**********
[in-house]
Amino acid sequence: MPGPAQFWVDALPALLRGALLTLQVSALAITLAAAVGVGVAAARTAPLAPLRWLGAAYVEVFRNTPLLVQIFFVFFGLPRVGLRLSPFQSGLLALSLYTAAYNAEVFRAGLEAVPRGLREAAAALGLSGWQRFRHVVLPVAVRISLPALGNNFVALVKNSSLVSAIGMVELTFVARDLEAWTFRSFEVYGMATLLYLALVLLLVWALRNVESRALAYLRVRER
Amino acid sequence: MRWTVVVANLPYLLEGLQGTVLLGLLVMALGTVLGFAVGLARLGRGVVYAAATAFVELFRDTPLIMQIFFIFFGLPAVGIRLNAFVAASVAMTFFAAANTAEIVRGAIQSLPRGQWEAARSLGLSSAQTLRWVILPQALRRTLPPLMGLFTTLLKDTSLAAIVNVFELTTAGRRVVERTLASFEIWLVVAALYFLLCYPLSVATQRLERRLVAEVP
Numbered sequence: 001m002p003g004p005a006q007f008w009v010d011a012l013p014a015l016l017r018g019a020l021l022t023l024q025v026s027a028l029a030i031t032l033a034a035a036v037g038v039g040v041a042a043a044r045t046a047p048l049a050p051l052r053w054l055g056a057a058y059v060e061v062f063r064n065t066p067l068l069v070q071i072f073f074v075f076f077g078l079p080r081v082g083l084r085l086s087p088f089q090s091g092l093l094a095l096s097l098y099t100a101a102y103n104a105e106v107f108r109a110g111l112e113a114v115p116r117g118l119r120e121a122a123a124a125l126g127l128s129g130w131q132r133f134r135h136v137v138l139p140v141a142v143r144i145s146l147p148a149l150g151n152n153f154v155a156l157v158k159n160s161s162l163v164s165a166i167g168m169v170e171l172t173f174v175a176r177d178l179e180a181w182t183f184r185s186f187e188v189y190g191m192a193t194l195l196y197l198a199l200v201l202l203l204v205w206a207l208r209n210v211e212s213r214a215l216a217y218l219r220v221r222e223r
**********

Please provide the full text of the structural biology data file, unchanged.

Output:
[in-house]
Amino acid sequence: MPGPAQFWVDALPALLRGALLTLQVSALAITLAAAVGVGVAAARTAPLAPLRWLGAAYVEVFRNTPLLVQIFFVFFGLPRVGLRLSPFQSGLLALSLYTAAYNAEVFRAGLEAVPRGLREAAAALGLSGWQRFRHVVLPVAVRISLPALGNNFVALVKNSSLVSAIGMVELTFVARDLEAWTFRSFEVYGMATLLYLALVLLLVWALRNVESRALAYLRVRER
Amino acid sequence: MRWTVVVANLPYLLEGLQGTVLLGLLVMALGTVLGFAVGLARLGRGVVYAAATAFVELFRDTPLIMQIFFIFFGLPAVGIRLNAFVAASVAMTFFAAANTAEIVRGAIQSLPRGQWEAARSLGLSSAQTLRWVILPQALRRTLPPLMGLFTTLLKDTSLAAIVNVFELTTAGRRVVERTLASFEIWLVVAALYFLLCYPLSVATQRLERRLVAEVP
Numbered sequence: 001m002p003g004p005a006q007f008w009v010d011a012l013p014a015l016l017r018g019a020l021l022t023l024q025v026s027a028l029a030i031t032l033a034a035a036v037g038v039g040v041a042a043a044r045t046a047p048l049a050p051l052r053w054l055g056a057a058y059v060e061v062f063r064n065t066p067l068l069v070q071i072f073f074v075f076f077g078l079p080r081v082g083l084r085l086s087p088f089q090s091g092l093l094a095l096s097l098y099t100a101a102y103n104a105e106v107f108r109a110g111l112e113a114v115p116r117g118l119r120e121a122a123a124a125l126g127l128s129g130w131q132r133f134r135h136v137v138l139p140v141a142v143r144i145s146l147p148a149l150g151n152n153f154v155a156l157v158k159n160s161s162l163v164s165a166i167g168m169v170e171l172t173f174v175a176r177d178l179e180a181w182t183f184r185s186f187e188v189y190g191m192a193t194l195l196y197l198a199l200v201l202l203l204v205w206a207l208r209n210v211e212s213r214a215l216a217y218l219r220v221r222e223r